Compounded medications have been under government radar for quite some time. So a recent inditement and prosecution of two pharmacists and a marketer implicated in allegedly fraudulent scheme involving compounded medications comes as no surprise.  The individuals allegedly defrauded TRICARE and private insurances by:

  • price-testing and adjusting prescription formulas to ensure the highest reimbursement;
  • using marketers to procure prescriptions for high-margin compounded medications and paying commissions to these marketers;
  • waiving or reducing copays to “falsely make it appear as if [the] pharmacy… had been collecting copayments;”
  • paying kickbacks to prescribers;
  • manipulating and deceiving insurance audits to maintain the ability to submit claims for reimbursement for medically unnecessary high-adjudication compound medications.

According to the indictment, the conduct resulted in more than $180 million in fraudulent billing. One of the pharmacists plead guilty and is currently facing five years in prison and restitution.

Let’s dissect the case to understand the alleged scheme.

Two pharmacists owned a pharmacy in Missouri. When they learned of potential profits that could be made by submitting claims for compounded medications, they aggressively expanded their compounding business by acquiring several other pharmacies in various states and contracting with other pharmacies to dispense and bill for compounded medications. Profits were split between these affiliated pharmacies and businesses owned by the pharmacists (red flag # 1: kickbacks).

Simultaneously, the pharmacists formed six business entities to receive and distribute the profits generated by compounding business (red flag # 2: potential money laundering).

The pharmacists also formed two telemarketing companies to cold-call patients to solicit their business for compounded medications. According to the indictment, these telemarketing companies were paid about 50% of what pharmacies received in reimbursements for the claims secured by these cold-calls (red flag # 3: kickbacks). Allegedly, the telemarketing companies used an array of fraudulent tactics to generate prescriptions including pretending to be representatives of the patients and referring prescriptions to the affiliated pharmacies without the patients’ knowledge or approval.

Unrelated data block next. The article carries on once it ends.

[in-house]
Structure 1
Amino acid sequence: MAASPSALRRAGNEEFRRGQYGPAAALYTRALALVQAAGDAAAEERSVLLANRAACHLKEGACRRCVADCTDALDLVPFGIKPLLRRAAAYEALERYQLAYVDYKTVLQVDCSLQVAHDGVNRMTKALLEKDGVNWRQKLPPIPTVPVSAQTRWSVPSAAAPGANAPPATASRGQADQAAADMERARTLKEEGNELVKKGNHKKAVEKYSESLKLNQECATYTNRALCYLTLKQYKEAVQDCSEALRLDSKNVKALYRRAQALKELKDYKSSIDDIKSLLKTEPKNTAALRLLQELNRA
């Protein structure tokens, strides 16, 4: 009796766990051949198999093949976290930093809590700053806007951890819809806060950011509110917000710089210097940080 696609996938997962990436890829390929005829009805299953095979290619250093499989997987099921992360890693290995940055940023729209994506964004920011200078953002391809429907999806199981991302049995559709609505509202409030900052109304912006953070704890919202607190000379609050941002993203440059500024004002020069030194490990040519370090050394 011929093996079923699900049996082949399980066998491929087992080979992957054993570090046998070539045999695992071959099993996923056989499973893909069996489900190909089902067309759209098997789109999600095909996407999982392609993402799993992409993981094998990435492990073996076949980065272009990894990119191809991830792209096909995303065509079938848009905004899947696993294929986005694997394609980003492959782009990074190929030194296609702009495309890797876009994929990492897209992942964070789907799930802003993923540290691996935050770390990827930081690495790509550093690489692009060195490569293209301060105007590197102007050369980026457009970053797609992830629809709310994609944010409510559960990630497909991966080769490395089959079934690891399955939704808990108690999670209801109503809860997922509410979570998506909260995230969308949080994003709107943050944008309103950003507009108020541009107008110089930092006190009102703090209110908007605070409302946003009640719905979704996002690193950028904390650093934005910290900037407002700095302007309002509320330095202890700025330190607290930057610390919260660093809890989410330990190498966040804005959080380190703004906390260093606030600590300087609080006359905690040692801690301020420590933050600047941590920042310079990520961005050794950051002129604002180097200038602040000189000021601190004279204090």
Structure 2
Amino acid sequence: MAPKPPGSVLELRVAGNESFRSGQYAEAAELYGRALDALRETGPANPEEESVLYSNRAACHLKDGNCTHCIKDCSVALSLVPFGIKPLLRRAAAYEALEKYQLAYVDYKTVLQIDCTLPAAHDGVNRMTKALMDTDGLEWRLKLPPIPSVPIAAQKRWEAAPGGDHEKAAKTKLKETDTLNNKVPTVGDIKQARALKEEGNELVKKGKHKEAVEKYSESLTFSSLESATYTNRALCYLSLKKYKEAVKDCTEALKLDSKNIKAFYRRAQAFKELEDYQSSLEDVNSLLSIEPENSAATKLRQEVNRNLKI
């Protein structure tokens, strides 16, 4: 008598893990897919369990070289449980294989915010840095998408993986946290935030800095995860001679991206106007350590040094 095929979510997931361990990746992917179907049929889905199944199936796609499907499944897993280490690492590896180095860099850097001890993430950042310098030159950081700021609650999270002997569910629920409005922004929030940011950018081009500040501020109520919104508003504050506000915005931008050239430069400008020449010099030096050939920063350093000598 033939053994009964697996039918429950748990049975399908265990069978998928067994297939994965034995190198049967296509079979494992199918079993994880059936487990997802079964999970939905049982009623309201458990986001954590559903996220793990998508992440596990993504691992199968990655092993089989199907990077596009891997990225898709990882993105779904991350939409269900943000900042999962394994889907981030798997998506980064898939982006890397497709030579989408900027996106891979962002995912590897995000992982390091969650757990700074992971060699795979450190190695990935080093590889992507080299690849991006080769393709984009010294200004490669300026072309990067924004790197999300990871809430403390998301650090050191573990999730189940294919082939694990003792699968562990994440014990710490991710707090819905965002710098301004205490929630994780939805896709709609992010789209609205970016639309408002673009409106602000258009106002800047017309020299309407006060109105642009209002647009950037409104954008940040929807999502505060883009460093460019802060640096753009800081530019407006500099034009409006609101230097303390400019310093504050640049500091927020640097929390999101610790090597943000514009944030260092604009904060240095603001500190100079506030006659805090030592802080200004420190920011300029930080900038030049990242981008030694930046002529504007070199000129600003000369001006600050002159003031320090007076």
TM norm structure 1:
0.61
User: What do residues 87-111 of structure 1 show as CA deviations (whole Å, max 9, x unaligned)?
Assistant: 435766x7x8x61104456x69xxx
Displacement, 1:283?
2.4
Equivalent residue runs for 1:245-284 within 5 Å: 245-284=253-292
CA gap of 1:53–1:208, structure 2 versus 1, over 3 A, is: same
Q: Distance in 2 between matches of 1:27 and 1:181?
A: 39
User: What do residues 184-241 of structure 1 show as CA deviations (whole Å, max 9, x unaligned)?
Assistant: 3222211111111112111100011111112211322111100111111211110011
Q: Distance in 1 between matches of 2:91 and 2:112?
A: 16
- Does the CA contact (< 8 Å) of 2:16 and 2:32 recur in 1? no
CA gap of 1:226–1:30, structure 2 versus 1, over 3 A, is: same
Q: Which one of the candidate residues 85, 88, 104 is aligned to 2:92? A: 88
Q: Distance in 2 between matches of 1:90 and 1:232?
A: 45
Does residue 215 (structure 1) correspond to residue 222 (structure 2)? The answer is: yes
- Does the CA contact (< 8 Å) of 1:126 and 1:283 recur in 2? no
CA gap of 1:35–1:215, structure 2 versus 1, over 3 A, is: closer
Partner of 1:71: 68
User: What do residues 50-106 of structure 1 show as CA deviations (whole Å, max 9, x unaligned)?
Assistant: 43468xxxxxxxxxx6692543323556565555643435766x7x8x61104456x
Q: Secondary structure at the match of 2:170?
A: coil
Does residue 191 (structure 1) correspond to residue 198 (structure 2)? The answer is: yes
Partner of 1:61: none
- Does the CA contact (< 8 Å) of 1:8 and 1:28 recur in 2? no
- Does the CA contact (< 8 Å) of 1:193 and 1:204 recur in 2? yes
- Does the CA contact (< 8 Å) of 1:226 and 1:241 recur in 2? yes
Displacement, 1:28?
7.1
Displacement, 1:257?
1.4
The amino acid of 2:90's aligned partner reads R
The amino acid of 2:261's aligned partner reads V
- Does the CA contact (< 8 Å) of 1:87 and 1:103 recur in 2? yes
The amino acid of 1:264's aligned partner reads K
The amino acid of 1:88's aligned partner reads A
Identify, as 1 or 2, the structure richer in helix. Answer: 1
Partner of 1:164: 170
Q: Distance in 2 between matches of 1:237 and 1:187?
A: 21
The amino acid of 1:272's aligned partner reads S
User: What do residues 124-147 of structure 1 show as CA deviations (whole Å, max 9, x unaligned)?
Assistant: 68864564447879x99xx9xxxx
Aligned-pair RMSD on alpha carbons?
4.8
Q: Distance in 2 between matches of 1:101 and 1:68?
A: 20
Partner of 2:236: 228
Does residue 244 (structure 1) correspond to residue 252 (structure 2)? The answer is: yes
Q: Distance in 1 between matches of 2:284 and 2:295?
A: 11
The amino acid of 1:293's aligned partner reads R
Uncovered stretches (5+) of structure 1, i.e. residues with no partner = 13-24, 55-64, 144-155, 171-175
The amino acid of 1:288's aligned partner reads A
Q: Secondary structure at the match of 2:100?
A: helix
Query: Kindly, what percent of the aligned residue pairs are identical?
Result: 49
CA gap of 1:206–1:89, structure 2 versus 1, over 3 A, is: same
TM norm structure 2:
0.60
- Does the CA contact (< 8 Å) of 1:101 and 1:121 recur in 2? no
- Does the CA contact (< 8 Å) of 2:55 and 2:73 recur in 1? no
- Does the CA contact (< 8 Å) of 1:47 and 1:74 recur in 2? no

To assist patients with copays, the pharmacists also formed a business entity (Affordable Medication Solution LLC aka “AMS”) (red flag # 4: the “non-profit” was under the common ownership with the dispensing pharmacies). Because copayments for compounded medications are often hundreds and even thousands of dollars, many beneficiaries balked at receiving these high-adjudication meds. AMS was created to make it appear that the pharmacies collected copayments through AMS (which supplied the coupons) when in reality they had not.

But that’s not the end in a myriad of business entities formed by these two “entrepreneurial” pharmacists. They formed another entity to allegedly pay kickbacks to the prescribers. To avoid  restrictions imposed by the anti-kickback statutes, the pharmacists formed an “investment” company and paid dividends to the affiliated prescribers. (red flag # 5: the “investment” company was under the common ownership with the pharmacies and rewarded the prescribers for sending and/or authorizing high-dollar prescriptions).

To receive the highest reimbursement possible, the pharmacies submitted “dummy” claims to PBMs to ascertain the potential reimbursements and ultimately to find formulas for high-dollar medications. (red flag # 6: most PBM manuals prohibit or curb claim-testing). According to the indictment, the pharmacies adjusted the formulas by including some ingredients solely to increase the reimbursement amounts despite these ingredients having no medical efficacy. Moreover, the pharmacies created preprinted “check-the-box” prescription pads containing these previously determined high-adjudication compound medications and provided these pads to marketers who would then distribute the pads to prescribers. Marketers received  commission payments (red flag # 7: marketers were acting as independent contractors). During the investigations, some prescribers denied that they wrote or authorized prescriptions generated by these marketers (red flag # 8: potentially fraudulent prescriptions created by marketers to receive commissions).

During PBM audits, the pharmacies allegedly used white-out to conceal or alter information on requested documents. When Caremark discovered these practices and terminated one of the pharmacies, the prescriptions were sent to the affiliated pharmacies.

After reading the indictment, it appears that the pharmacists were creating various business entities attempting to conceal potential issues and to compensate marketers and prescribers, as well as assist patients with copayments for these expensive compounded medications. While independent pharmacies are struggling to stay afloat amidst a very strong competition and diversifying business and specializing might be a good idea, it does not excuse blunt violations (such as paying commissions to prescribers and marketers). The case is a good reminder for pharmacies to keep it simple and to consult with the legal team when diversifying and marketing services.